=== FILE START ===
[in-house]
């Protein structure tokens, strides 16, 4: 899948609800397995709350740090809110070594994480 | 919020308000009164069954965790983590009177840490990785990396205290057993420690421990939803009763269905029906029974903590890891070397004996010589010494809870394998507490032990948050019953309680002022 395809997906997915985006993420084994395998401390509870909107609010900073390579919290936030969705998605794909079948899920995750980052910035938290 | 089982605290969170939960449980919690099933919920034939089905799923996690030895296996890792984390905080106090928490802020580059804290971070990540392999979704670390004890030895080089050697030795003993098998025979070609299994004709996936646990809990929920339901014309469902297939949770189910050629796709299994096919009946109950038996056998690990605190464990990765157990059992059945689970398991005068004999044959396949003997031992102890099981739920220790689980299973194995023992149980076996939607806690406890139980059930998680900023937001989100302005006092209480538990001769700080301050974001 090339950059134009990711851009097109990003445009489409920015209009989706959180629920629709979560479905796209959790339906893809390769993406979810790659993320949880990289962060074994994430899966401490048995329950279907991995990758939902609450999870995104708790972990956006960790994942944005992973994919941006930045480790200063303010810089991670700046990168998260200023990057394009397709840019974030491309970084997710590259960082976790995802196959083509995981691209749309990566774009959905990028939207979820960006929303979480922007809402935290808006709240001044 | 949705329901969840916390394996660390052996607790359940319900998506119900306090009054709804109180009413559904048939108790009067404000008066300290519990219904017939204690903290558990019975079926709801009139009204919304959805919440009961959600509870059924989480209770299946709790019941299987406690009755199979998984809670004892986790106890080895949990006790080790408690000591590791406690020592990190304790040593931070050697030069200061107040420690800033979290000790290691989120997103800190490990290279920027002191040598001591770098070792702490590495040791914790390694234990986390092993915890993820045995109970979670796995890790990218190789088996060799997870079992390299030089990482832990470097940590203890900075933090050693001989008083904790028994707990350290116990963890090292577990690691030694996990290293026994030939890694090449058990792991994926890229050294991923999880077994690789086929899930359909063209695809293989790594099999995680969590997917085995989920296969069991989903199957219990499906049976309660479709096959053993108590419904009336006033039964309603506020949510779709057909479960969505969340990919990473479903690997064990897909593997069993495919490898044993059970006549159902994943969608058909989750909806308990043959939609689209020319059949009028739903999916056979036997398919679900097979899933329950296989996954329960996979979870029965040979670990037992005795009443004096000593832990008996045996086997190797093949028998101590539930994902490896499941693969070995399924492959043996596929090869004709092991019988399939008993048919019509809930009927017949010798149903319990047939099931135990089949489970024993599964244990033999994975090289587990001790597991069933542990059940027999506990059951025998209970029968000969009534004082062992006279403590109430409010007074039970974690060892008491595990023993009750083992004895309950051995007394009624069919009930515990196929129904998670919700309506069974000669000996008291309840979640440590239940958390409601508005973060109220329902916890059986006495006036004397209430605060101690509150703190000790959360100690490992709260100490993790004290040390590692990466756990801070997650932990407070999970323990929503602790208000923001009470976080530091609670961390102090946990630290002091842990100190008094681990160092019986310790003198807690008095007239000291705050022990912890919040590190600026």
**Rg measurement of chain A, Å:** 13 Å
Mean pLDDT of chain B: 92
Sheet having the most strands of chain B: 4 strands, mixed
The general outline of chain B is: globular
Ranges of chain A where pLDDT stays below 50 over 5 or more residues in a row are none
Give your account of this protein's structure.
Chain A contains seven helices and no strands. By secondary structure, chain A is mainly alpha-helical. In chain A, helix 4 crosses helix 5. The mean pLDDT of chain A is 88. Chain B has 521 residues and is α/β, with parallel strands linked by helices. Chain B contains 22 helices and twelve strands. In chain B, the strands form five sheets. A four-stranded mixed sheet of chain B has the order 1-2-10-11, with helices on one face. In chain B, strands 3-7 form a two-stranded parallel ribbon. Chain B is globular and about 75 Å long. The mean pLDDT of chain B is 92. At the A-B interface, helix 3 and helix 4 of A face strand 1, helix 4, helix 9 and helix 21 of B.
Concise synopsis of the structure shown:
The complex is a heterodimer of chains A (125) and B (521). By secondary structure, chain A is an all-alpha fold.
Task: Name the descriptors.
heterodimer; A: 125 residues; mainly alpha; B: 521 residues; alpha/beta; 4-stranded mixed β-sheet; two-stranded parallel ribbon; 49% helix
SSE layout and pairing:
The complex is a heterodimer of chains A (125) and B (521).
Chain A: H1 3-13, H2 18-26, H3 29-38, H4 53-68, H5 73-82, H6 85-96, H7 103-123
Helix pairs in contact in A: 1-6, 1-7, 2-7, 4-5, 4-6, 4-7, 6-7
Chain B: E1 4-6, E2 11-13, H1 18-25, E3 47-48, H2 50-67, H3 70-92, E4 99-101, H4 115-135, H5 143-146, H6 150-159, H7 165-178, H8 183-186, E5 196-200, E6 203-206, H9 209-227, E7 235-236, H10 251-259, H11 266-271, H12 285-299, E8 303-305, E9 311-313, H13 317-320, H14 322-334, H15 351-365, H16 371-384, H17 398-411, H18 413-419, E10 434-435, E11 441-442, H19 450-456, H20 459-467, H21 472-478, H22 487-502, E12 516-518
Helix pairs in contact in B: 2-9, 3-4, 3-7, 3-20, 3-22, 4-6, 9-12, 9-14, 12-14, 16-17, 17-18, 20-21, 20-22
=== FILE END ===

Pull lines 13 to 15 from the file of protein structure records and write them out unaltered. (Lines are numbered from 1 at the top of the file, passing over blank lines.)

heterodimer; A: 125 residues; mainly alpha; B: 521 residues; alpha/beta; 4-stranded mixed β-sheet; two-stranded parallel ribbon; 49% helix
SSE layout and pairing:
The complex is a heterodimer of chains A (125) and B (521).